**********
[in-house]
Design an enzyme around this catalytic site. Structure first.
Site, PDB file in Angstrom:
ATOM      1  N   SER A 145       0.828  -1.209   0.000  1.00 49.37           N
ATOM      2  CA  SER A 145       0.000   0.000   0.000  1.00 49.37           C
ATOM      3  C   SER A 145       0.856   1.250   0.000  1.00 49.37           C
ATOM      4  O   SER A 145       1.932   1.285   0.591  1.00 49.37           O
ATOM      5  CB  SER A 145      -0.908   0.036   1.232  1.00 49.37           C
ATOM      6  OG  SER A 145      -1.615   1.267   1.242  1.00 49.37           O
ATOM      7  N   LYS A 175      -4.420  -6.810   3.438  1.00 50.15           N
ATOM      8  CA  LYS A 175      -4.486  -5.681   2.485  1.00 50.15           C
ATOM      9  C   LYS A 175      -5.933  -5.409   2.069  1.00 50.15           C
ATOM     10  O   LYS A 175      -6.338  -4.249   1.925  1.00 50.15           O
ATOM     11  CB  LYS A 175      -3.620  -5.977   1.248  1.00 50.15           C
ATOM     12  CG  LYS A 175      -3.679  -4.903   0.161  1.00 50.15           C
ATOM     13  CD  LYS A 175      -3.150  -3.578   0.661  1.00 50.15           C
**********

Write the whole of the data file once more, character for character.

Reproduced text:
[in-house]
Design an enzyme around this catalytic site. Structure first.
Site, PDB file in Angstrom:
ATOM      1  N   SER A 145       0.828  -1.209   0.000  1.00 49.37           N
ATOM      2  CA  SER A 145       0.000   0.000   0.000  1.00 49.37           C
ATOM      3  C   SER A 145       0.856   1.250   0.000  1.00 49.37           C
ATOM      4  O   SER A 145       1.932   1.285   0.591  1.00 49.37           O
ATOM      5  CB  SER A 145      -0.908   0.036   1.232  1.00 49.37           C
ATOM      6  OG  SER A 145      -1.615   1.267   1.242  1.00 49.37           O
ATOM      7  N   LYS A 175      -4.420  -6.810   3.438  1.00 50.15           N
ATOM      8  CA  LYS A 175      -4.486  -5.681   2.485  1.00 50.15           C
ATOM      9  C   LYS A 175      -5.933  -5.409   2.069  1.00 50.15           C
ATOM     10  O   LYS A 175      -6.338  -4.249   1.925  1.00 50.15           O
ATOM     11  CB  LYS A 175      -3.620  -5.977   1.248  1.00 50.15           C
ATOM     12  CG  LYS A 175      -3.679  -4.903   0.161  1.00 50.15           C
ATOM     13  CD  LYS A 175      -3.150  -3.578   0.661  1.00 50.15           C